At Dallas Super Bowl, High Attention and Low Arrest Totals on Human Trafficking

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Before the Super Bowl in Dallas, Harriet Boorhem, president of Promise House children’s shelter was contacted by the Dallas Police Department. Boorhem said that the detective asked to use Promise House as a shelter for underage prostitutes that were picked up during the sporting event.

Boorhem said that based on that conversation, they were expecting thousands. The number they actually got was zero.

“We didn’t get any,” Boorhem said. “It seems the number was really inflated…I don’t know how it got blown up so big.”

Warren Mitchell from the Police Media Relations Unit of the Dallas Police Department confirmed that the number of human trafficking arrests made during the Super Bowl was low.

“We made one arrest of an adult male for Trafficking of Humans (Adult) and Attempt Compelling Prostitution [of a 14-year-old minor],” Mitchell related in an e-mail to Youth Today. “The one arrest was connected to…two recovered victims, [an] adult and [a] minor.”

That result defied the expectations of many. On Wednesday Nov. 17, at a meeting of the Texas Human Trafficking Prevention Task Force, Texas Attorney General Greg Abbott labeled the Super Bowl “one of the biggest human-trafficking events in the United States.”

The KlaasKids Foundation reported 23 direct contacts with potential commercial sexual exploitation victims during the 2010 Super Bowl in Miami. The organization also reported recovering six missing children and “intervening in four potentially dangerous situations, removing five girls from potential recruitment or exploitation by pimps.”

“As with any major event, persons who want to victimize others will try and exploit the opportunity provided by the increased number of people,” Mitchell said.

According to the Polaris Project, Texas has one of the highest percentages of calls to their Human Trafficking Hotline. The problem is, according to Owens, this doesn’t necessarily mean that human trafficking is more prevalent in Texas.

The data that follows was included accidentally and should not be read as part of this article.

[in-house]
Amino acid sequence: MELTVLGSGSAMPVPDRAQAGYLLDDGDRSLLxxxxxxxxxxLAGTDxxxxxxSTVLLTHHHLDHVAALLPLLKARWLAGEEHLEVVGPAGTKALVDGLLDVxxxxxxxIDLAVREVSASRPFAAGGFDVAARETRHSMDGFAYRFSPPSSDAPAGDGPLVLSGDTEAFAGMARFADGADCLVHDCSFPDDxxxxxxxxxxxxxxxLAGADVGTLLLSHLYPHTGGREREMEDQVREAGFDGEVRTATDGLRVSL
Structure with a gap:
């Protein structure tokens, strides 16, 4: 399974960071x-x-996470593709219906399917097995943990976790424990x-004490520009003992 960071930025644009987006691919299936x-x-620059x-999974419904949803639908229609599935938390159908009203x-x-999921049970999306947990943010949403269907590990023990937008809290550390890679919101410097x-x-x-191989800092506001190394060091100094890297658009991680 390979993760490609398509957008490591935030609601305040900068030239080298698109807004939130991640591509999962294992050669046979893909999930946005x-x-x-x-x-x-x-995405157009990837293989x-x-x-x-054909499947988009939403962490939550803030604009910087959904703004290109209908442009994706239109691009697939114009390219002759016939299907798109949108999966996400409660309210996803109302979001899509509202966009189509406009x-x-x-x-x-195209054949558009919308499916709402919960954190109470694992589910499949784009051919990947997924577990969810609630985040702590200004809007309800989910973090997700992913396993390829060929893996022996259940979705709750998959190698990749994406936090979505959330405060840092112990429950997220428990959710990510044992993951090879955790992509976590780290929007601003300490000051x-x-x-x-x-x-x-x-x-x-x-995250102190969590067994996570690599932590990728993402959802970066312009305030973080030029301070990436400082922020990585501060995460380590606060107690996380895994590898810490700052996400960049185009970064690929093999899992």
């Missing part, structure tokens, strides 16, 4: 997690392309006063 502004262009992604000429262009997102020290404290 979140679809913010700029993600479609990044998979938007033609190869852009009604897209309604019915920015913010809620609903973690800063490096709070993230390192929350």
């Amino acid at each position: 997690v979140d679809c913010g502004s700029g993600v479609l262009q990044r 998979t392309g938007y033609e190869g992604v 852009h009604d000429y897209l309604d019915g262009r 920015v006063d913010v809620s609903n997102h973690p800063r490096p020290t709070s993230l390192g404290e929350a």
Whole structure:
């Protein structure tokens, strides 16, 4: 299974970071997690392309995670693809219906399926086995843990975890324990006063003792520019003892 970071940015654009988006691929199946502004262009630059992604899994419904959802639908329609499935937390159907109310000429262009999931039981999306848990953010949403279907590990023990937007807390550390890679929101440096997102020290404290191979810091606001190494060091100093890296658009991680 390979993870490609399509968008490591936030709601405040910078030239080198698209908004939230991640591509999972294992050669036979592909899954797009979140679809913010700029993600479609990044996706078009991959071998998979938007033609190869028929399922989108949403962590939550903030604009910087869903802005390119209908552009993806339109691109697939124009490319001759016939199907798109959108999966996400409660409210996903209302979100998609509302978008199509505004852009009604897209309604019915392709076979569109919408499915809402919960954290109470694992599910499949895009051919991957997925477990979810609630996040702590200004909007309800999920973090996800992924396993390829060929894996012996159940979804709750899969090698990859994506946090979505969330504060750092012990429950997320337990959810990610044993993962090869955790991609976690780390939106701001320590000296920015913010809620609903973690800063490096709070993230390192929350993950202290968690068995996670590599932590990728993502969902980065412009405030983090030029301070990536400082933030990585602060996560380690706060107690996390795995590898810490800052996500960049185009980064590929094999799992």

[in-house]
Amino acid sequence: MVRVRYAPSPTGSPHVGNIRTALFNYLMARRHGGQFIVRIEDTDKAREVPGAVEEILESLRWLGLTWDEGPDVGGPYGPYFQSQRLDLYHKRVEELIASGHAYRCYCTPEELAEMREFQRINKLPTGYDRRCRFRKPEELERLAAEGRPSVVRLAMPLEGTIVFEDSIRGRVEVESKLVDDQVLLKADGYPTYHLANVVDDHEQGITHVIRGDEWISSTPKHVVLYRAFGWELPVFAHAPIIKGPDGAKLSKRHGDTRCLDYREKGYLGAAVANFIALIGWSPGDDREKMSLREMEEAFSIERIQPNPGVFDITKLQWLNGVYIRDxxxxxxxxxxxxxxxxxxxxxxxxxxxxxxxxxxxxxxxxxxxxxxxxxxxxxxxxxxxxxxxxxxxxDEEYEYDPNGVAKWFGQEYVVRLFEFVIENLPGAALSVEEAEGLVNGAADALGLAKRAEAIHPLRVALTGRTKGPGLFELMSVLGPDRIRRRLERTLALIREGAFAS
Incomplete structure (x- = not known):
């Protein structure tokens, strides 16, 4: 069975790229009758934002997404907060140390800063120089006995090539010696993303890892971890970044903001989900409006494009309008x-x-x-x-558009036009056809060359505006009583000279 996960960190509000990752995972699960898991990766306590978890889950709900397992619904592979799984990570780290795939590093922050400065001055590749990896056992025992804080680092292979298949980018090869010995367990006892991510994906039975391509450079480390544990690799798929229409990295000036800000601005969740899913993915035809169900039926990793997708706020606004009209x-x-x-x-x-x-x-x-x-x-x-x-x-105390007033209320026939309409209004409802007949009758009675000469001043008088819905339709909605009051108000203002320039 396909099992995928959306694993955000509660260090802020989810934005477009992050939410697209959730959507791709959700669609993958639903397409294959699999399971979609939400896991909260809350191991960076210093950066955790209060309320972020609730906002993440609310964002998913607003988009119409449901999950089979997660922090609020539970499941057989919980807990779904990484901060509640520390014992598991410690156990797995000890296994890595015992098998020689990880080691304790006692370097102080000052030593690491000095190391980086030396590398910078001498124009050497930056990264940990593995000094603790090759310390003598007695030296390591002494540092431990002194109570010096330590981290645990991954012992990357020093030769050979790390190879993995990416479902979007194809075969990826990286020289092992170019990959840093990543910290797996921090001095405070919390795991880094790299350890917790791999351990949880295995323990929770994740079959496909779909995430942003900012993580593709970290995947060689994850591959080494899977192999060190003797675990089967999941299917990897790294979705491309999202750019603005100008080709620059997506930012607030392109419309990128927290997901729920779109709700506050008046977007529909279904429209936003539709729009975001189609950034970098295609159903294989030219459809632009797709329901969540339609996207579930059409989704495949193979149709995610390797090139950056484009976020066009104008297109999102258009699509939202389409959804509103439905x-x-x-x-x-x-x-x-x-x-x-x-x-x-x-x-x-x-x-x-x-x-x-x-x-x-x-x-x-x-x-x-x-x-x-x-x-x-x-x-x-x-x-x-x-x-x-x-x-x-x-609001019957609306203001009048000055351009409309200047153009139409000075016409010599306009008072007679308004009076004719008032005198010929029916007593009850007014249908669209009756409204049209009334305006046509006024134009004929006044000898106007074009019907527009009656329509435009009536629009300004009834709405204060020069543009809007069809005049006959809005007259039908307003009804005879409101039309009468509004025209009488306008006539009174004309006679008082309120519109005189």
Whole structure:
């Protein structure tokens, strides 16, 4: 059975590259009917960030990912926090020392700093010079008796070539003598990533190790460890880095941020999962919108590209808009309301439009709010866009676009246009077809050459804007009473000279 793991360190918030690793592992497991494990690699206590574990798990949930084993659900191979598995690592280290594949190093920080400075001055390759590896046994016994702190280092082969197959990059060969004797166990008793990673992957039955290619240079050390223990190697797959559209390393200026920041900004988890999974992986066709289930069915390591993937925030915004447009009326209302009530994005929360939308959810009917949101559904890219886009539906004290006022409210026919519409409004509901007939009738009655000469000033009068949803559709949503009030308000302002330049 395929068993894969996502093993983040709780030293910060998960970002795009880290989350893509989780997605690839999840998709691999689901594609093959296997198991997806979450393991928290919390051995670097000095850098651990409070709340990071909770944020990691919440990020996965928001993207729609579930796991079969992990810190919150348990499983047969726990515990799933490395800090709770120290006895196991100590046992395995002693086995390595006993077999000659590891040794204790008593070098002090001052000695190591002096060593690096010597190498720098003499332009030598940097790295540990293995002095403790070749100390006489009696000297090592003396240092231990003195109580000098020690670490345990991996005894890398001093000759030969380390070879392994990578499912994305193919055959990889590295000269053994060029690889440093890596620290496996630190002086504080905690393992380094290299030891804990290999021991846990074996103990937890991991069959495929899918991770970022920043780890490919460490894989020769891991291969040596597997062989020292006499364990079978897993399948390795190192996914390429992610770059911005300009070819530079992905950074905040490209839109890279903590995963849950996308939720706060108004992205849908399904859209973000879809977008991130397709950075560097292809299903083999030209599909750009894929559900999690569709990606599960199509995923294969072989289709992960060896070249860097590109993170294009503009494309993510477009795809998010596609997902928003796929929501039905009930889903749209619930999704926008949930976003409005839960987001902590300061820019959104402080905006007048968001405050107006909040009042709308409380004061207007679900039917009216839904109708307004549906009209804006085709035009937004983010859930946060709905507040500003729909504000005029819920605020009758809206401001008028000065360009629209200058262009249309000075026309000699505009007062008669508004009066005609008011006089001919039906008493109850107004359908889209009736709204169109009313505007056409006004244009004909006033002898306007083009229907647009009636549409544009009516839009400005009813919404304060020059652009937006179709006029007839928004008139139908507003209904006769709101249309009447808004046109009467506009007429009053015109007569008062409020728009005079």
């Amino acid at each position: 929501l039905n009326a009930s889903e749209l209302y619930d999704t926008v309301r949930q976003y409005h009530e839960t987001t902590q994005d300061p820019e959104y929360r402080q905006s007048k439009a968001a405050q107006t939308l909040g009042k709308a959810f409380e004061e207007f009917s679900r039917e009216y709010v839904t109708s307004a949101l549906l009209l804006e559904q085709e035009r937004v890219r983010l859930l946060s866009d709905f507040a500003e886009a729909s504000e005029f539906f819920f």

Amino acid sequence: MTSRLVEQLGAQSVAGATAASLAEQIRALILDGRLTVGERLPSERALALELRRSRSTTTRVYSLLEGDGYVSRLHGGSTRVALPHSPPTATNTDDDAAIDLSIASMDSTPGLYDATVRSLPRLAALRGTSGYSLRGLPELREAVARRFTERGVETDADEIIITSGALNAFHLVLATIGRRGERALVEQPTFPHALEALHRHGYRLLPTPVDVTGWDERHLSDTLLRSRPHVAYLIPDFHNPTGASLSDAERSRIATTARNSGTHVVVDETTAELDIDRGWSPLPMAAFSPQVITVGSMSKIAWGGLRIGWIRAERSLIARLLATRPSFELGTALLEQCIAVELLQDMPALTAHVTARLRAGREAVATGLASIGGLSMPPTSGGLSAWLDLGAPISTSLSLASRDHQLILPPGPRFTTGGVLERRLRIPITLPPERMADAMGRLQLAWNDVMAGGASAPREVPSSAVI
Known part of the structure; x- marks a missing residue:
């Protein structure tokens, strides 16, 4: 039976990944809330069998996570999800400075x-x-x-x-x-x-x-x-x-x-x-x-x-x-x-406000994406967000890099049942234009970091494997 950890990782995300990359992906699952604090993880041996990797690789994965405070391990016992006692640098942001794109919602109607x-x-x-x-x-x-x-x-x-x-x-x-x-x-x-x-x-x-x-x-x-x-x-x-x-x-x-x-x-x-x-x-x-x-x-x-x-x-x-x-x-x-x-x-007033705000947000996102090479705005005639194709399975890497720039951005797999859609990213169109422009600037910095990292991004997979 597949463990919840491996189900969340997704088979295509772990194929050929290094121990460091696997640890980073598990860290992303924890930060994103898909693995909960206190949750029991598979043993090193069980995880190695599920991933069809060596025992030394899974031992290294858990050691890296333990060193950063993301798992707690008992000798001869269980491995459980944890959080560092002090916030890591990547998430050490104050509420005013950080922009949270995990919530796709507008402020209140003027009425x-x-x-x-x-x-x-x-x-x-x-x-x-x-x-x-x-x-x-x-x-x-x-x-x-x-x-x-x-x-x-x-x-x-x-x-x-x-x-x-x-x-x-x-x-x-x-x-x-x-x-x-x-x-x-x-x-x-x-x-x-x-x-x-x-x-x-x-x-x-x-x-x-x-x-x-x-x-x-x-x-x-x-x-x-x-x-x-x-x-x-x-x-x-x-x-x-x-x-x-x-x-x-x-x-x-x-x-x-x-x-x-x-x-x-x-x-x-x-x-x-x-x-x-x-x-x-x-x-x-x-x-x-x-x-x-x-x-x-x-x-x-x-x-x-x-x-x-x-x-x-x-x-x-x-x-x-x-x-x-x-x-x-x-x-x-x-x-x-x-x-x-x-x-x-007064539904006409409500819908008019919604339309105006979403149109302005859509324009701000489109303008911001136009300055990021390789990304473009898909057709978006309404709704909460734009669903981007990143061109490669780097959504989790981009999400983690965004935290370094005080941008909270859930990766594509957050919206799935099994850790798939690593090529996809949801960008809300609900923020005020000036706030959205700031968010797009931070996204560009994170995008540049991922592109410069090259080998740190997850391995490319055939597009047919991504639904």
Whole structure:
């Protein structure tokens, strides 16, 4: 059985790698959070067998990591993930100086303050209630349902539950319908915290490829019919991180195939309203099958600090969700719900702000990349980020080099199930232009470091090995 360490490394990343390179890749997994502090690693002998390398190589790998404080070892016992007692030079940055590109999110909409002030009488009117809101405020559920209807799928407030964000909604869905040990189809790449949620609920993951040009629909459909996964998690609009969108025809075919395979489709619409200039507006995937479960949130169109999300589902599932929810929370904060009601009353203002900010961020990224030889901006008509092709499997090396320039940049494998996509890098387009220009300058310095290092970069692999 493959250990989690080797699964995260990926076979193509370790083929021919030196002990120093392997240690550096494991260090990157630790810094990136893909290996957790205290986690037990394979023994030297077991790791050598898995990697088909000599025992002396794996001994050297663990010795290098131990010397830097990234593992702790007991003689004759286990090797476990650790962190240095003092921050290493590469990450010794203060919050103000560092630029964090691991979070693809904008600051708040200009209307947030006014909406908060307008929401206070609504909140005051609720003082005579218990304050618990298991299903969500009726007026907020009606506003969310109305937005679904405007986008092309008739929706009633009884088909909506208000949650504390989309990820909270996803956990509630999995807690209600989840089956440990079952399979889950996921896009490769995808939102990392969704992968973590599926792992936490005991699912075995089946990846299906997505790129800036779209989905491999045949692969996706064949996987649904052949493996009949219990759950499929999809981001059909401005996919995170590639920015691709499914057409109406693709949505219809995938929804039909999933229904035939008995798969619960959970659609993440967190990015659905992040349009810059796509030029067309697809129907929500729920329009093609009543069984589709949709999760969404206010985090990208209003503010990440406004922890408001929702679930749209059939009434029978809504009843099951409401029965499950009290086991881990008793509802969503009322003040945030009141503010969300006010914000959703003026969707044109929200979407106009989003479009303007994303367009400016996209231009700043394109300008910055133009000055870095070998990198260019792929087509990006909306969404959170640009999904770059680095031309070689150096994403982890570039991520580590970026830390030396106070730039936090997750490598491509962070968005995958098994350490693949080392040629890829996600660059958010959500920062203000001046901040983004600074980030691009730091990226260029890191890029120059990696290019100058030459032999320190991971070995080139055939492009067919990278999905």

Mitchell said the High Risk Victims Unit handles approximately 200 to 250 high-risk victims each year. Of that, approximately half (100 to 125) are identified as being victims of some form of domestic trafficking.

Currently Owens, along with Northeastern University and other researchers from the Justice Policy Center, are studying cases of human trafficking between 2000 and 2008, trying to identify the problems that come with trying to identify how much of the crime is actually going on, and where it most often occurs.

According to Mitchell, the High-Risk Victims Unit of the Dallas Police focuses on identifying possible victims through chronic runaways and repeat victims of sexual abuse and exploitation.

He also said that the Dallas police dedicated additional resources to their regular unit and procedures to finding victims at the Super Bowl.

“In additions to the specialized unit, the Dallas Police Department is in the process of training all officers in the department on the High Risk Victims Model and the dynamics of domestic trafficking of children,” said Mitchell.

 “There’s a lot of task forces in Texas and a lot of awareness there,” Owens said. “And they are doing a great job on the investigation side.”